Molecular subtypes, diagnostic accuracy and genetic tests

Data from the Amazona study found that almost 70% of patients are diagnosed with estrogen receptor (ER)/progesterone receptor (PR) positive BC, around 20% with HER-2 positive (ER/PR positive or negative) and 21% with triple-negative subtype [15]. There are regional differences in the distribution of molecular subtypes. More women are diagnosed with triple-negative BC in the north and central-west than other regions, in contrast with luminal and HER-2 positive, which are more frequent in south and southeast regions [unpublished]. Other national studies showed the same distributions, which are similar to the ones described in developed countries [17].

In Brazil, there are no official quality national programmes in place aimed at the standardisation and certification of BC pathological analysis and report [10]. About 22% of fine-needle aspiration biopsy procedures obtained inadequate material for cytopathological analysis, with rates up to 38% in the poorest states [18]. Study from Salles found a concordance of only 60% in the diagnosis of 329 breast biopsies between two pathologists in a single Brazilian institution [19]. A concordance between local and central laboratory for ER and PR expression was 89.4% and 85.0%, respectively, which is similar to other countries. In terms of HER2 testing, there is a lack of standardisation in some laboratories and fluorescence in situ hybridisation is not available at all laboratories [10]. In general, good quality control is expected in laboratories; despite very few data being published on this matter, one study, for example, found an expressively low concordance, as low as 34%, of HER2 testing between local and central laboratories [20].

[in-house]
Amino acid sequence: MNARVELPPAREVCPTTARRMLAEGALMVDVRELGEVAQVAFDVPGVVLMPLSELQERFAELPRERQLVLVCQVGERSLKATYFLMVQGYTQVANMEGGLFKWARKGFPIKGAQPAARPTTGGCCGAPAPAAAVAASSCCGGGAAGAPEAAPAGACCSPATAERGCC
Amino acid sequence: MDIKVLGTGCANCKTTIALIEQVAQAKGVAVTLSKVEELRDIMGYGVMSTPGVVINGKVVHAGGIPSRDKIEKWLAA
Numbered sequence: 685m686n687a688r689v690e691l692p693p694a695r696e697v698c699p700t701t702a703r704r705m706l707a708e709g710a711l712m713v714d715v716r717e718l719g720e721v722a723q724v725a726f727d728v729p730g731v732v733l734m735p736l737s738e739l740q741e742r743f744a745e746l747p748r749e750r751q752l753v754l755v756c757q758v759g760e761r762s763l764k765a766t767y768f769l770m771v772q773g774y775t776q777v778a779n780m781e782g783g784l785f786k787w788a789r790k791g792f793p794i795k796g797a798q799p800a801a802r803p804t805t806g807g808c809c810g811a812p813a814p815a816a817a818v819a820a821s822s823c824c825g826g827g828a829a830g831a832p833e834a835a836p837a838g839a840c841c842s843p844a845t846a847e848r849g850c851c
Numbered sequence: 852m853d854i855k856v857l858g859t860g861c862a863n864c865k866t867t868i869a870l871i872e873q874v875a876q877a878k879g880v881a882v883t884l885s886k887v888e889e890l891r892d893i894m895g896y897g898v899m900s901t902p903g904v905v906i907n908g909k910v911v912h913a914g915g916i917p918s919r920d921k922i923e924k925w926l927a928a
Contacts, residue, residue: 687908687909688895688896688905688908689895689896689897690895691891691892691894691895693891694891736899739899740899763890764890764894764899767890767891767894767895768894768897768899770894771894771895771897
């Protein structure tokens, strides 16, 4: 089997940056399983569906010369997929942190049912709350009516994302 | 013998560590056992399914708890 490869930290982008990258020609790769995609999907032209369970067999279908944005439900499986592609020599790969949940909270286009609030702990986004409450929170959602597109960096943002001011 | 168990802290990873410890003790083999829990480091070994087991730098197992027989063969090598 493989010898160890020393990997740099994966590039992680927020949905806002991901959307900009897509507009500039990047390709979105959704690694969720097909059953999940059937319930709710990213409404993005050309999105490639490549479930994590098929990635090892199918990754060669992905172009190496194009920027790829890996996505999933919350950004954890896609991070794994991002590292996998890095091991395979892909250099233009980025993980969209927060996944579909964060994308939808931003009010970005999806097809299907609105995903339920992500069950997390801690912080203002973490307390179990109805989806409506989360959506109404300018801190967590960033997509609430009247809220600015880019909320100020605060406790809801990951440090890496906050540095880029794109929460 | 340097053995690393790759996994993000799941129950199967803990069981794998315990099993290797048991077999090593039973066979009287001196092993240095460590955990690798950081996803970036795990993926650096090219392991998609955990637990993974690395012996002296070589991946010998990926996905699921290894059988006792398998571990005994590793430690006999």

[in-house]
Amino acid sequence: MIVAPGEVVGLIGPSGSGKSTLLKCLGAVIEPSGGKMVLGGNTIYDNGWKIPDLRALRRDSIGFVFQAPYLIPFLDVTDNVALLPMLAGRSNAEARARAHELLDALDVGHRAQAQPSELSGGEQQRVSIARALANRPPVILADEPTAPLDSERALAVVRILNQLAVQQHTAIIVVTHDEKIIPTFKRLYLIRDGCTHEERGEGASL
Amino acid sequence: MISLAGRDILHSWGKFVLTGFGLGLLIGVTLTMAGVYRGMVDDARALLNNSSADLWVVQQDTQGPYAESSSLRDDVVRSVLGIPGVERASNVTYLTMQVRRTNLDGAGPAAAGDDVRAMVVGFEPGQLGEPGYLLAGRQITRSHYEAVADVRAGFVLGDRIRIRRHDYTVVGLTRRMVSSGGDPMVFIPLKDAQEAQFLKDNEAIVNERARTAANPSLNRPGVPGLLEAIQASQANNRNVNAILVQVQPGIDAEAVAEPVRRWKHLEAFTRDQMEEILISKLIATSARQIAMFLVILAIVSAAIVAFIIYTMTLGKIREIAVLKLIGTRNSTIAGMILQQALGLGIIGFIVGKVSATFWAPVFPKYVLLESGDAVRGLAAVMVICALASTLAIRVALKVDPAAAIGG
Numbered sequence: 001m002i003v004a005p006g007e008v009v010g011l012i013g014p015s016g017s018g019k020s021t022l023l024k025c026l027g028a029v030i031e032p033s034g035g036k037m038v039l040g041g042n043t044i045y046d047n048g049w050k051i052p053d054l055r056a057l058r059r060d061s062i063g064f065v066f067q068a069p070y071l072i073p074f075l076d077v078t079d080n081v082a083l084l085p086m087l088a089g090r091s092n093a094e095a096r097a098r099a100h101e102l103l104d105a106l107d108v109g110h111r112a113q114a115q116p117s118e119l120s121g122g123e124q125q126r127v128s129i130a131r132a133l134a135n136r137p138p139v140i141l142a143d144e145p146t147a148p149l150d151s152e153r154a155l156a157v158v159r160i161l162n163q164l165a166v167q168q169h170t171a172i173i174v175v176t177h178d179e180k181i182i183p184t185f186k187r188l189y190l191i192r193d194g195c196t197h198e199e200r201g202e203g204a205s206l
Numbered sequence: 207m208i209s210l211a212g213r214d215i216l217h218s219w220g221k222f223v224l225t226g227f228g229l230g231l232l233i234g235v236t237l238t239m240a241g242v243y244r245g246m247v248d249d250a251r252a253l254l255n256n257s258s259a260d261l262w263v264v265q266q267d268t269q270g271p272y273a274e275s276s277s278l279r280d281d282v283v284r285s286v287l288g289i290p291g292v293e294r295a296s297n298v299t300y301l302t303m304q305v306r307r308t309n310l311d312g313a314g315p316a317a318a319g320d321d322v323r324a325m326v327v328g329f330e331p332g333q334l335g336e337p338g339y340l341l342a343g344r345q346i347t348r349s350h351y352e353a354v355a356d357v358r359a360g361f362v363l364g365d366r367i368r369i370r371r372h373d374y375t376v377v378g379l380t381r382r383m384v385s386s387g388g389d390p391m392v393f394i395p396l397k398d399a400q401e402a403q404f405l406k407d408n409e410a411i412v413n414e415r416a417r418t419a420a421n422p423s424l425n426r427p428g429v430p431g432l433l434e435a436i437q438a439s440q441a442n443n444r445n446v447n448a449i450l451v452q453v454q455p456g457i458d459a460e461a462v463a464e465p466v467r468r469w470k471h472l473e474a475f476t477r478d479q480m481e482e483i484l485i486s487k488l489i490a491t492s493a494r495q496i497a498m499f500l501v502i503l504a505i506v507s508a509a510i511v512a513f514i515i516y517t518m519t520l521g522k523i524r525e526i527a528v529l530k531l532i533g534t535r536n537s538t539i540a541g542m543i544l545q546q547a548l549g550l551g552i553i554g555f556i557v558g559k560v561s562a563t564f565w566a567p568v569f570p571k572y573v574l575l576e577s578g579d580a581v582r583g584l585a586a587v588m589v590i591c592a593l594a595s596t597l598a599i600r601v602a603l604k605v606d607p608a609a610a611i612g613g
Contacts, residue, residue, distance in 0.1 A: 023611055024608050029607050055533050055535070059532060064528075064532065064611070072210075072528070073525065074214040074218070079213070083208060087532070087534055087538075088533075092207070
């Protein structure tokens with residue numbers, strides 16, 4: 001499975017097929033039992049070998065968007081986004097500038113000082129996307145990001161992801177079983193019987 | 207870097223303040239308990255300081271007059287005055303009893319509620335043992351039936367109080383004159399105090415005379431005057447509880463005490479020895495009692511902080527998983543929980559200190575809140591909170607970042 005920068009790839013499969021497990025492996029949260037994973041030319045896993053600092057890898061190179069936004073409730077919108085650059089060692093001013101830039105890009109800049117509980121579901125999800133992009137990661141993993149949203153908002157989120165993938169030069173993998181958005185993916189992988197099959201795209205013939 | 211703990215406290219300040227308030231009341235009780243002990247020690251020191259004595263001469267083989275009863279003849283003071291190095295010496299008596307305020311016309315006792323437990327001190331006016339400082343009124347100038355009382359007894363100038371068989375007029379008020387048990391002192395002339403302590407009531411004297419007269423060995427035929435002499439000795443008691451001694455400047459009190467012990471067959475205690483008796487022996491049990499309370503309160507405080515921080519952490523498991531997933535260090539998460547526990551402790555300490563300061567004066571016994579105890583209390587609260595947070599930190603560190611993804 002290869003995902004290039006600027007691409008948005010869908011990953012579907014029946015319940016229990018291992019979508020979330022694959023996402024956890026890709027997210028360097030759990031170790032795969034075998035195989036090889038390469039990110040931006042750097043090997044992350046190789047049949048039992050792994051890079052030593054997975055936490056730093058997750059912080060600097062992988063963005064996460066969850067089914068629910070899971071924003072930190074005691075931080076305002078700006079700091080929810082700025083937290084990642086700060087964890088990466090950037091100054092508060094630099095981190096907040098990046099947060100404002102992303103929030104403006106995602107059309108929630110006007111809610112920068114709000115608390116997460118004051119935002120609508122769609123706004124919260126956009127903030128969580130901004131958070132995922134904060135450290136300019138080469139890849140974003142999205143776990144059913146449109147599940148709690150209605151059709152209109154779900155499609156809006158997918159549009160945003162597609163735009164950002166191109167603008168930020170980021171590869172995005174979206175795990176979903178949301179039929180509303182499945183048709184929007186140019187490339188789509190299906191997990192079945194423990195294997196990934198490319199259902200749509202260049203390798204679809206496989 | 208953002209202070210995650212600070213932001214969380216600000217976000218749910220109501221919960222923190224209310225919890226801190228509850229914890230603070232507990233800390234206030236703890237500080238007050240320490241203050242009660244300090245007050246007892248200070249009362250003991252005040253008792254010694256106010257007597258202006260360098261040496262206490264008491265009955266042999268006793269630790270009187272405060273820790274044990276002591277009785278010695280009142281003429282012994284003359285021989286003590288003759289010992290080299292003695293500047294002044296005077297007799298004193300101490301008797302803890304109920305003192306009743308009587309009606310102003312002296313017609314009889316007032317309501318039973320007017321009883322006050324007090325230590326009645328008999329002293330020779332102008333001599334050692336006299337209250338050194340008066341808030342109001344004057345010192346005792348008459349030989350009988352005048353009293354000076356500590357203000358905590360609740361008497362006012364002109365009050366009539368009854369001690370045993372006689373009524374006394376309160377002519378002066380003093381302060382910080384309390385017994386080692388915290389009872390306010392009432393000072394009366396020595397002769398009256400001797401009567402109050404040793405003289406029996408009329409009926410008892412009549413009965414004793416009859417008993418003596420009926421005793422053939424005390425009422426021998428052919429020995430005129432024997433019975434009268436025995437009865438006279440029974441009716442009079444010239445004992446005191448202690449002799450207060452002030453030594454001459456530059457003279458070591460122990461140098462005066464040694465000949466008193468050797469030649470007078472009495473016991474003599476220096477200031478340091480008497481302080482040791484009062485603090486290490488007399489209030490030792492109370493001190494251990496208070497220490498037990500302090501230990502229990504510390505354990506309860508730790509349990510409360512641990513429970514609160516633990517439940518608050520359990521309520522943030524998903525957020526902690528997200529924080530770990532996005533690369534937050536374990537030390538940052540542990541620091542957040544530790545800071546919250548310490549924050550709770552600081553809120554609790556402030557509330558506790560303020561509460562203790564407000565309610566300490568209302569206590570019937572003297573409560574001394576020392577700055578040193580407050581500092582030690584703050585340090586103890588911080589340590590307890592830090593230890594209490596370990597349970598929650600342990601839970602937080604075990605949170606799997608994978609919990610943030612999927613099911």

Therefore, validation and rigorous quality control measures are strongly recommended in order to avoid erroneous treatment of BC patients in Brazil.

Access to BRCA testing in Brazil is scarce, mainly due to lack of coverage from private and public health systems and few geneticists dedicated to BC or who participate in multidisciplinary meetings. A few studies [2123] performing a profile of families at-risk for hereditary breast and ovarian cancer (HBOC) found a prevalence of 3.4% to 21.5% of patients harbouring BRCA1/BRCA2 mutations. Knowledge about the germline mutational spectrum among Brazilian HBOC patients is limited. Most importantly, the largest [24] comprehensive description of the spectrum of germline BRCA mutations in different geographical Brazilian regions showed significant molecular heterogeneity in the BRCA1 and BRCA2 genes among Brazilian carriers.